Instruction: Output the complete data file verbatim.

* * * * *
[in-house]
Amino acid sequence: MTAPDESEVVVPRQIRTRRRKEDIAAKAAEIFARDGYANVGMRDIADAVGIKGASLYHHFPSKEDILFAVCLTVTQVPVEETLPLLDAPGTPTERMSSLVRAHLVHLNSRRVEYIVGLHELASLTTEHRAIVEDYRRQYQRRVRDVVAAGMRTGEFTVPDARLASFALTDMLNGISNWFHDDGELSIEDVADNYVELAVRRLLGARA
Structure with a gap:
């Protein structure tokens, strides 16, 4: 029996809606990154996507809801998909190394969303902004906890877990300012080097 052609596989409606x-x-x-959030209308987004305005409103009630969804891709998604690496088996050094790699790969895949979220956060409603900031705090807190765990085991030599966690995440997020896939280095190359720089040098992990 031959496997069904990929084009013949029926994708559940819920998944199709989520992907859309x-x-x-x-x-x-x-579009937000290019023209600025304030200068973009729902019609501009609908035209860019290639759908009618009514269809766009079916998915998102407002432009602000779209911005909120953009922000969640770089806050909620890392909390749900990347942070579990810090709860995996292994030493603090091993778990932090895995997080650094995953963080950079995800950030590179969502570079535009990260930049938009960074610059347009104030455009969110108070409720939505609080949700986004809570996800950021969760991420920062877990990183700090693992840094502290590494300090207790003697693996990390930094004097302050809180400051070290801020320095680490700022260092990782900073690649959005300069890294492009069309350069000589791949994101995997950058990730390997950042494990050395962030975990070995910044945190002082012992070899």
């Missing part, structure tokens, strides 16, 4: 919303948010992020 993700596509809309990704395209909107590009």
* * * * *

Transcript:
[in-house]
Amino acid sequence: MTAPDESEVVVPRQIRTRRRKEDIAAKAAEIFARDGYANVGMRDIADAVGIKGASLYHHFPSKEDILFAVCLTVTQVPVEETLPLLDAPGTPTERMSSLVRAHLVHLNSRRVEYIVGLHELASLTTEHRAIVEDYRRQYQRRVRDVVAAGMRTGEFTVPDARLASFALTDMLNGISNWFHDDGELSIEDVADNYVELAVRRLLGARA
Structure with a gap:
């Protein structure tokens, strides 16, 4: 029996809606990154996507809801998909190394969303902004906890877990300012080097 052609596989409606x-x-x-959030209308987004305005409103009630969804891709998604690496088996050094790699790969895949979220956060409603900031705090807190765990085991030599966690995440997020896939280095190359720089040098992990 031959496997069904990929084009013949029926994708559940819920998944199709989520992907859309x-x-x-x-x-x-x-579009937000290019023209600025304030200068973009729902019609501009609908035209860019290639759908009618009514269809766009079916998915998102407002432009602000779209911005909120953009922000969640770089806050909620890392909390749900990347942070579990810090709860995996292994030493603090091993778990932090895995997080650094995953963080950079995800950030590179969502570079535009990260930049938009960074610059347009104030455009969110108070409720939505609080949700986004809570996800950021969760991420920062877990990183700090693992840094502290590494300090207790003697693996990390930094004097302050809180400051070290801020320095680490700022260092990782900073690649959005300069890294492009069309350069000589791949994101995997950058990730390997950042494990050395962030975990070995910044945190002082012992070899």
């Missing part, structure tokens, strides 16, 4: 919303948010992020 993700596509809309990704395209909107590009």